Claus, a principal at a global consulting firm, was a highly intelligent and responsive leader. Known for handling himself well under pressure, Claus was considered hardworking, creative, and a subject matter expert in his field. He had made great strides in his professional development, but he was under pressure from the firm’s senior leaders, his team members, and his peers to improve his interpersonal communication with both colleagues and clients.
When it came to receiving feedback, Claus was perceived as arrogant and dismissive. His colleagues and clients found him to be closed to their point of view, especially when it differed from his own. He appeared overconfident and controlling, making it hard for others to collaborate with him. Several of his colleagues had asked not to work with him on projects, and one partner no longer felt comfortable having him participate in meetings with her clients. Claus’ mentor at the firm told him that his advancement depended on him improving his communication skills.
The Boda approach
Claus worked with his communication coach three times a month. This pace provided consistent opportunities to reflect on his communication strengths and challenges, and to practice new mindsets and skills.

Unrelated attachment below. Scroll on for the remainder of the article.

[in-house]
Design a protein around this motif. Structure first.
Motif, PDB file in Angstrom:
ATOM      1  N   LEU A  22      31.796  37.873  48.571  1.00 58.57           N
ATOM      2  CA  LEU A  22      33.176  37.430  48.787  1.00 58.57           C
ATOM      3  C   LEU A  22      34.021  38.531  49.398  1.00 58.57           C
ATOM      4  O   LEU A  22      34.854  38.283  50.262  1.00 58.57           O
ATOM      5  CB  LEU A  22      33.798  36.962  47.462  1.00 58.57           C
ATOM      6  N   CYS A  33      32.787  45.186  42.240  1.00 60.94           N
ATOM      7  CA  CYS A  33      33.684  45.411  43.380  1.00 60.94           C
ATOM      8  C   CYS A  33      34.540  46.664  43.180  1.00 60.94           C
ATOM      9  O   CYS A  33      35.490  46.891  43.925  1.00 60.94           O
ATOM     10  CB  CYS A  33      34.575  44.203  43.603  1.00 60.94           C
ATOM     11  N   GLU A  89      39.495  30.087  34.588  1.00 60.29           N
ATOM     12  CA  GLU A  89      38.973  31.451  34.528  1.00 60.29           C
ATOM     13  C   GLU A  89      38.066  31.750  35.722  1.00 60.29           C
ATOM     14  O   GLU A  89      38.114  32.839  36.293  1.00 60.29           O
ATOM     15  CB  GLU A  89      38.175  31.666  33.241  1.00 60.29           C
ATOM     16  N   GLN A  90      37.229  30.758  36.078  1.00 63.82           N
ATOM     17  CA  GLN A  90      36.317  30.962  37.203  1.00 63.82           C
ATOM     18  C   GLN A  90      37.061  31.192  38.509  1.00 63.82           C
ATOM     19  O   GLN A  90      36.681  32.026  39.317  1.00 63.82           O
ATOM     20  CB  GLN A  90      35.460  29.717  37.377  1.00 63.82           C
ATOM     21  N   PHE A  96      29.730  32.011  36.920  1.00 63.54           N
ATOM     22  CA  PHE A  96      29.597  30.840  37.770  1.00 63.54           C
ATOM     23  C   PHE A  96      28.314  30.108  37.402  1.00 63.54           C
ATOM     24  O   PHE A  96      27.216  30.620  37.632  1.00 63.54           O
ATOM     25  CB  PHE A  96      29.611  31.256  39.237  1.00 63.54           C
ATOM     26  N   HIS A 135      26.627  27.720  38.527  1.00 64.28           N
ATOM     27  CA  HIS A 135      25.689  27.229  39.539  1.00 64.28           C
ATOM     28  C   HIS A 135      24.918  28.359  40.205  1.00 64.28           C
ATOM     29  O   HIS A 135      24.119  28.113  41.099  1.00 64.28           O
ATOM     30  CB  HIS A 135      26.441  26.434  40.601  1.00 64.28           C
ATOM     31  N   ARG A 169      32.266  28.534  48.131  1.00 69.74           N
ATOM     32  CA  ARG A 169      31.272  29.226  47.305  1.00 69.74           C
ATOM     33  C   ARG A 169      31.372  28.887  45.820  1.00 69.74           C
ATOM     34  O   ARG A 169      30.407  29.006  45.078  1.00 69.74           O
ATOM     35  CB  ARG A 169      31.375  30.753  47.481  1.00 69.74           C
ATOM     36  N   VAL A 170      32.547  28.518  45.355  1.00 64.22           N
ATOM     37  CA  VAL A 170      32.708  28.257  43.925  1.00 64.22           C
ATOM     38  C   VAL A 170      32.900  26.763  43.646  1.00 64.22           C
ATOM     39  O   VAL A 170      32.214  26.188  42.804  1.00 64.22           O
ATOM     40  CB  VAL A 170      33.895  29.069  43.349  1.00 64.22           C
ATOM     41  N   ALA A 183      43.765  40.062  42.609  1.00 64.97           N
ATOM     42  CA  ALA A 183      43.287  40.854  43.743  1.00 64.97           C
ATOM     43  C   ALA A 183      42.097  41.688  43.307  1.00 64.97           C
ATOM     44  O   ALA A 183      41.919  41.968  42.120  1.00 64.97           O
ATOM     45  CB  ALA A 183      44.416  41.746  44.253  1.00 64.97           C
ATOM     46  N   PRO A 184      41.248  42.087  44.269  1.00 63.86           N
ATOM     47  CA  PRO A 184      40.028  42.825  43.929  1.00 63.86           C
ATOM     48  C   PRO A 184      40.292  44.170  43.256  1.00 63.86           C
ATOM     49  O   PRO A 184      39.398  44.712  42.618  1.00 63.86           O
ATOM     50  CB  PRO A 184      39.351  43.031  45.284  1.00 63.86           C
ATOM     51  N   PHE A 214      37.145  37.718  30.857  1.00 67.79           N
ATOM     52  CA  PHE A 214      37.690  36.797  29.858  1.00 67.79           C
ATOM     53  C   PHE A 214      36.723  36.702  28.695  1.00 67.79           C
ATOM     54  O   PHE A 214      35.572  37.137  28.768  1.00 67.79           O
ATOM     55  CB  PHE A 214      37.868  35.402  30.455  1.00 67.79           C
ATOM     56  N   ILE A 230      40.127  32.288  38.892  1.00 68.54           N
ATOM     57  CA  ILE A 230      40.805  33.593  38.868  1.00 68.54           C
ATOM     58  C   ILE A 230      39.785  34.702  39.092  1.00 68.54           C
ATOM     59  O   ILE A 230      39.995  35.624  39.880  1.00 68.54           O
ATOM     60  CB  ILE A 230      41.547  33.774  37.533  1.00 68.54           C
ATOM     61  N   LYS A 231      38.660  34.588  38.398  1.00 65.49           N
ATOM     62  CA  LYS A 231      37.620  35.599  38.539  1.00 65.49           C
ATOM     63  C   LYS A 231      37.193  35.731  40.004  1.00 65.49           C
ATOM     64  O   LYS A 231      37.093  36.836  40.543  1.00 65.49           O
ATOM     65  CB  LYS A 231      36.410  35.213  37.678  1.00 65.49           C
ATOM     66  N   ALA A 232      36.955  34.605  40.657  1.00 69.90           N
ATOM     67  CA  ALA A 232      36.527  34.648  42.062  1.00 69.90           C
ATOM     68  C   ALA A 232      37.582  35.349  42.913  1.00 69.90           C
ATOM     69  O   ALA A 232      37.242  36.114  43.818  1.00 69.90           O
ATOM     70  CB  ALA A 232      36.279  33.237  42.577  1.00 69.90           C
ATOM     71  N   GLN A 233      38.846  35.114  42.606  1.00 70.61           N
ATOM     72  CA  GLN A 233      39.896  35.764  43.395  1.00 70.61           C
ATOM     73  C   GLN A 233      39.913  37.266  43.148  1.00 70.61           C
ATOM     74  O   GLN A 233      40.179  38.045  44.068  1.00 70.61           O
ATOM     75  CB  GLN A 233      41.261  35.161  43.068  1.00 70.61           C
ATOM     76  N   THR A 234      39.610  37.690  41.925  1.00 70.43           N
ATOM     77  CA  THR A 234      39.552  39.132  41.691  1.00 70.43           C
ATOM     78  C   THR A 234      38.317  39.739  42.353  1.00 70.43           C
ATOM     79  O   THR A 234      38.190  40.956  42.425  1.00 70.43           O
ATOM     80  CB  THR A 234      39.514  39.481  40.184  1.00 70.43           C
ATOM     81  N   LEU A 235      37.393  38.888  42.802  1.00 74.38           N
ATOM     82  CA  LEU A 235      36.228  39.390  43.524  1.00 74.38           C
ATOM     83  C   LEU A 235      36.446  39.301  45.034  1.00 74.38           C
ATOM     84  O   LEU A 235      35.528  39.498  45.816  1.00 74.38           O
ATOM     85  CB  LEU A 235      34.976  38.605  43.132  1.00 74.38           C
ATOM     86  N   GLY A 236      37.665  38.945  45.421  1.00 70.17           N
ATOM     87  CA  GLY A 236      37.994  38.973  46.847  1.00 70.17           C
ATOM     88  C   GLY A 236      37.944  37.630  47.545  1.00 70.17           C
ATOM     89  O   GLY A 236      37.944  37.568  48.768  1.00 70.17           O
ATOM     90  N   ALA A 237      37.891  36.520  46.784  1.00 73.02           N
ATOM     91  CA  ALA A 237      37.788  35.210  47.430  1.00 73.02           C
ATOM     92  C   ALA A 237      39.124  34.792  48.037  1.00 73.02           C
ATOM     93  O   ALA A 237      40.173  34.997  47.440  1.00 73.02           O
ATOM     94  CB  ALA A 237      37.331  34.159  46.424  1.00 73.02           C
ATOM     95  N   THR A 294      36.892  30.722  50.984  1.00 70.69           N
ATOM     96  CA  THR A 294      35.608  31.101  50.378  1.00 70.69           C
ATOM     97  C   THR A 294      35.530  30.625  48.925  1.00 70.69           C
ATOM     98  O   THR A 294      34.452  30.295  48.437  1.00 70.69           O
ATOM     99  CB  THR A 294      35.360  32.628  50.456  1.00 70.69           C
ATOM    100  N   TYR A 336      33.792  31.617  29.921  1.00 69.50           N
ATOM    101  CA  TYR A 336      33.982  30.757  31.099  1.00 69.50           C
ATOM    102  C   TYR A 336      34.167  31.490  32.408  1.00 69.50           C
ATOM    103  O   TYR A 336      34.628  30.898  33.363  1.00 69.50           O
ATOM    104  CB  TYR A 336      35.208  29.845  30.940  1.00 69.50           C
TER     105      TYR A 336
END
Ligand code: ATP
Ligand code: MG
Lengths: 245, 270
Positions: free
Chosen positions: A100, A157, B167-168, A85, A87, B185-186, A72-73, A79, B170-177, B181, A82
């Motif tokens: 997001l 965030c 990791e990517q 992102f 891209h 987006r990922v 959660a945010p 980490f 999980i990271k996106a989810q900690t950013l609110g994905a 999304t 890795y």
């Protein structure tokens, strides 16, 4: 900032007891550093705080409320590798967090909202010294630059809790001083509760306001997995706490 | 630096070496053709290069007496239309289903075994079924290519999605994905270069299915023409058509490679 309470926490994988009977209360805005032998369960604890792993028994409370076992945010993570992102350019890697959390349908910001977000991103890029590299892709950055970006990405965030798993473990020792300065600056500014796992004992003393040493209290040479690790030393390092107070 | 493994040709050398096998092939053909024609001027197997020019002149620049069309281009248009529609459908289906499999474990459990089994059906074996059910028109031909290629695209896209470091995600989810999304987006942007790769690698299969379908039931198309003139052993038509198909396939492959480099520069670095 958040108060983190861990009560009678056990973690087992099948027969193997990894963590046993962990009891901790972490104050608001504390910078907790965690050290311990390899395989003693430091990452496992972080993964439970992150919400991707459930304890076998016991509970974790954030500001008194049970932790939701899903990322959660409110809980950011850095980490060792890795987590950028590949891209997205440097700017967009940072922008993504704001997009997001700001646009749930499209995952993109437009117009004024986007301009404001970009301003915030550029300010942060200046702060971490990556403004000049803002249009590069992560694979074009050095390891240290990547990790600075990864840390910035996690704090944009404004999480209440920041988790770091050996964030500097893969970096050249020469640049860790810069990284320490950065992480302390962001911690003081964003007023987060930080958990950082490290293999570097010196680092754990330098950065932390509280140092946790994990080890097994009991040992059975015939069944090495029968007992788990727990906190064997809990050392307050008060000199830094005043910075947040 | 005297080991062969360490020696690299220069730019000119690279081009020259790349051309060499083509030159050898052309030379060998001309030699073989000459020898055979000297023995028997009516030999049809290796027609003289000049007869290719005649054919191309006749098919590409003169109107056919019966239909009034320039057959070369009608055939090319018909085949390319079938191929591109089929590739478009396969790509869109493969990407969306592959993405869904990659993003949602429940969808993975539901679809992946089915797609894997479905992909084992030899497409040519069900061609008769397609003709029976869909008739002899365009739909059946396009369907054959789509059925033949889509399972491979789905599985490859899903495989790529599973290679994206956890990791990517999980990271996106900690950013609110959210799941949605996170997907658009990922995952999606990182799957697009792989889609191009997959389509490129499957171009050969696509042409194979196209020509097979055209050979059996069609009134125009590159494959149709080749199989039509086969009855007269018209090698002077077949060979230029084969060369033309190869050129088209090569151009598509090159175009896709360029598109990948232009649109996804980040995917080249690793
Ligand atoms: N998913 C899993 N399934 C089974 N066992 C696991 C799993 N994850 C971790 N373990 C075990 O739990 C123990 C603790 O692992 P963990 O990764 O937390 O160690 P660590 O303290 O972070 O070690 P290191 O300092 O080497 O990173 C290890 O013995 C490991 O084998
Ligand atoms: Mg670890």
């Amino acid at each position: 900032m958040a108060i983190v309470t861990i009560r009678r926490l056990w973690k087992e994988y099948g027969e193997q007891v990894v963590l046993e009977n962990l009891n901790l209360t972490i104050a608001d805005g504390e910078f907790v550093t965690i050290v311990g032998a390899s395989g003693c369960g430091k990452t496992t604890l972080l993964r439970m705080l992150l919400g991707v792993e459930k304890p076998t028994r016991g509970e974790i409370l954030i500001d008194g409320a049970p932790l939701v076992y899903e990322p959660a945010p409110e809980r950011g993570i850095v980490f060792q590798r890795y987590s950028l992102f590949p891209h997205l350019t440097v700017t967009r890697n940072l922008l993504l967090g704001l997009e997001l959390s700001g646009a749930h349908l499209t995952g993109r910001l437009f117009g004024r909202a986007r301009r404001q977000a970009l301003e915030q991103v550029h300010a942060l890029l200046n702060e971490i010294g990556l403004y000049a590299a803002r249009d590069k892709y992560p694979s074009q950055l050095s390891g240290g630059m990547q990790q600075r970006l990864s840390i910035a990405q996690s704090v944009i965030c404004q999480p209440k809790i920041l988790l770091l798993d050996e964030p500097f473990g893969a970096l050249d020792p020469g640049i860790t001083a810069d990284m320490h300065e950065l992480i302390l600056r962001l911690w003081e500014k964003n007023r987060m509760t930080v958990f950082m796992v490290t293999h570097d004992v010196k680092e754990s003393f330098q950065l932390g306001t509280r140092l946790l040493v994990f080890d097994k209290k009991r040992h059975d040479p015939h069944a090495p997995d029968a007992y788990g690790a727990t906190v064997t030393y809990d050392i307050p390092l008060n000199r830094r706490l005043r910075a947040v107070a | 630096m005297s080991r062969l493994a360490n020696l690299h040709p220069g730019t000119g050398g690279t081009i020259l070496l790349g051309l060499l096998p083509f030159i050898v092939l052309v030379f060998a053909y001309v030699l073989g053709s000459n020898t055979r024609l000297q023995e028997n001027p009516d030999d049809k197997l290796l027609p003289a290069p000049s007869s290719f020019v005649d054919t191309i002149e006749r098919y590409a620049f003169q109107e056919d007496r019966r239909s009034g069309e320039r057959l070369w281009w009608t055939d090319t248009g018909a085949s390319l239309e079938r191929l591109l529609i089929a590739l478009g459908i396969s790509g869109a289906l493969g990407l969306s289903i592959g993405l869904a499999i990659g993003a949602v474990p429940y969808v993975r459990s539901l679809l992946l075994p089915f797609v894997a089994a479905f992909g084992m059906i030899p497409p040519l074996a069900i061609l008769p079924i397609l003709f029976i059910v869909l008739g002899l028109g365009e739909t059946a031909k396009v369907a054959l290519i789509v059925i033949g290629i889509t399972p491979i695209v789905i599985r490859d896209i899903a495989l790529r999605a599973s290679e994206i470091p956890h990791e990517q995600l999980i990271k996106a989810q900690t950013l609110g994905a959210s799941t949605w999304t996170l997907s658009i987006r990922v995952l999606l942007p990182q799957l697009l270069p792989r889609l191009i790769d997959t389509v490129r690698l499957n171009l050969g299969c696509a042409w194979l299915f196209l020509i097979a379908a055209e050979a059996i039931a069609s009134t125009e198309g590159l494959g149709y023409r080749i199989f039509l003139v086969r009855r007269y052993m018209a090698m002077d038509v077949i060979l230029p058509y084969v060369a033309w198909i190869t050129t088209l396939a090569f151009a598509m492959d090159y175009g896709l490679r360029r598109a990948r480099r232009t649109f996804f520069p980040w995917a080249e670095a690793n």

Claus and his coach started by exploring what made it challenging for him to ask for help and seek others’ contributions. He shared that he was educated in a culture where having deep knowledge and quick responses was highly valued, and he had been rewarded in the past for this behavior. With coaching, Claus realized that although this behavior had served well, helping him achieve his current level of professional success, this same behavior was now preventing him from reaching the next level. He decided that he was willing to make changes: to ask for help, to actively solicit others’ ideas, and to genuinely consider these perspectives. He also realized that he would need help to make these changes stick.
With his coach, Claus developed a plan to model the communication skills he was seeking to improve by telling his managers, colleagues, and direct reports about his efforts, inviting their feedback, and considering their perspective. He learned the difference between passive, aggressive, and assertive communication, and practiced assertive communication skills in a variety of settings, calmly and respectfully.
Over the course of six months, Claus’ colleagues started seeking him out again to work on projects together. His inviting tone, improved listening skills, openness to new perspectives, and clear communication style all let others know that he was interested in what they had to say, and that he appreciated their intelligence, ideas, and abilities.
Claus sought opportunities to ask for and receive feedback without defensiveness, which served as an invitation to his colleagues to do the same with him. Being asked for his feedback made Claus feel respected and bright: two values that were important to his satisfaction at work.
Claus became less attached to being right all the time and more committed to helping his team feel heard, appreciated, and like the talented contributors they were. His hard work was rewarded with a promotion, improved staff morale, and better relationships with colleagues and clients.